Main Article Content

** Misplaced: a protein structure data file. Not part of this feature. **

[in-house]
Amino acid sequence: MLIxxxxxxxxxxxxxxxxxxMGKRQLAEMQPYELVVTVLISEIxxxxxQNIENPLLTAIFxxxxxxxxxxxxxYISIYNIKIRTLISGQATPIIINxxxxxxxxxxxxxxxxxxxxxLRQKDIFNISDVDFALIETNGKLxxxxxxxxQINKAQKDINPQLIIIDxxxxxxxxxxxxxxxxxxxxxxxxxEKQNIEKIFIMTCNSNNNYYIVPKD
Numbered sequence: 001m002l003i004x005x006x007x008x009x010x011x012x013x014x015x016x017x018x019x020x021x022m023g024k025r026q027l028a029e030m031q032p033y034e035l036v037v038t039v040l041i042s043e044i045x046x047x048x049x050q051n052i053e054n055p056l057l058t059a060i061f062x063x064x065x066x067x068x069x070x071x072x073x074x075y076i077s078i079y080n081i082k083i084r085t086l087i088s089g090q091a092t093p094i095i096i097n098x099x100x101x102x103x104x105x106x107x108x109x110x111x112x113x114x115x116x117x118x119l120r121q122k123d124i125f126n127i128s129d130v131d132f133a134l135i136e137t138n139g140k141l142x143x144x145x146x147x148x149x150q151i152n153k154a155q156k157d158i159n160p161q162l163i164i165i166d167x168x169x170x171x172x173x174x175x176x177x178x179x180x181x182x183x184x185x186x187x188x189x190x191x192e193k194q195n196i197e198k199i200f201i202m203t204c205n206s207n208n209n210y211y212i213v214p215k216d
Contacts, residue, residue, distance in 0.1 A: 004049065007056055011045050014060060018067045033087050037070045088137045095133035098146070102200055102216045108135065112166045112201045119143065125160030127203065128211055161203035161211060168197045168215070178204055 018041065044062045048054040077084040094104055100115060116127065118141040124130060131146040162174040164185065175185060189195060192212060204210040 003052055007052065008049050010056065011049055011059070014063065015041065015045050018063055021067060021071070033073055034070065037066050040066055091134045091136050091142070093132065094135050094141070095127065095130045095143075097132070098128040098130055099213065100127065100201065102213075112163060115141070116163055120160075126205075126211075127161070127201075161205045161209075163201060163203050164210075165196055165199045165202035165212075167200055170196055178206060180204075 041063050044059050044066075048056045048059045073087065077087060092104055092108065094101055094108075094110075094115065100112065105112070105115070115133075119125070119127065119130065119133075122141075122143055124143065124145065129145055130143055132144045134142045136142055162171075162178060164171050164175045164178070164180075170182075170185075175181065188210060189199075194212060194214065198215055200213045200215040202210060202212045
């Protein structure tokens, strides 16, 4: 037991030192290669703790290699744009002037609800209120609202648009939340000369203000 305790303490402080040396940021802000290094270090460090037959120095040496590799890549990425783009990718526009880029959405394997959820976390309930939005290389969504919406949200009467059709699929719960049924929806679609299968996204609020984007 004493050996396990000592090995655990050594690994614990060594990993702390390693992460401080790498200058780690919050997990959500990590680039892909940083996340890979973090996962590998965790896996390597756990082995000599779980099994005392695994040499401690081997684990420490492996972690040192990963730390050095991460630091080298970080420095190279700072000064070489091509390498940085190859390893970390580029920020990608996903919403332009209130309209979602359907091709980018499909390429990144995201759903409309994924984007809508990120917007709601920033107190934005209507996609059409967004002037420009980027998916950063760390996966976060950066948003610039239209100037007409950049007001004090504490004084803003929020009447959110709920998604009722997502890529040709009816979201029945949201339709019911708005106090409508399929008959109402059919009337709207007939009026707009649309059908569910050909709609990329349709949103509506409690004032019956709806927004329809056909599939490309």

Merle Hodge, the author of Crick Crack, Monkey (1970) dexterously portrays the maturation of a young girl, Tee, affected by the imposition of European models onto her Trinidadian culture. I argue that this imposition is chiefly advanced though a repressive colonial education, both formal and informal, and manifests in Tee as double consciousness. Tee internalizes the class and race conflicts exacerbated by a pro-British establishment which leads to an identity split that can not be reconciled. Race, class and education are interwoven, turning them from separate concepts to an imperial identity of Britishness which alienates Tee from her own heritage by causing her to view herself as a reflection of this destructive force of colonial power. Additionally, I acknowledge that writing in the genre Bildungsroman sets a different sort of obstacle for Hodge. Writers of the Caribbean novel of maturation exist in a literary limbo--their classification as a Bildungsroman has been heavily contested, thwarting their attempts to rediscover a unique cultural heritage through their writings. The traditions of the Bildungsroman as a nationalistic, patriarchal text yields very different results when placed in the context of a third-world, postcolonial, female-centered novel of development. The use of the Bildungsroman in West Indian literature compounds the effects of racial othering and the imposed infantilization of the colonized people which reflects in the structural components of the genre.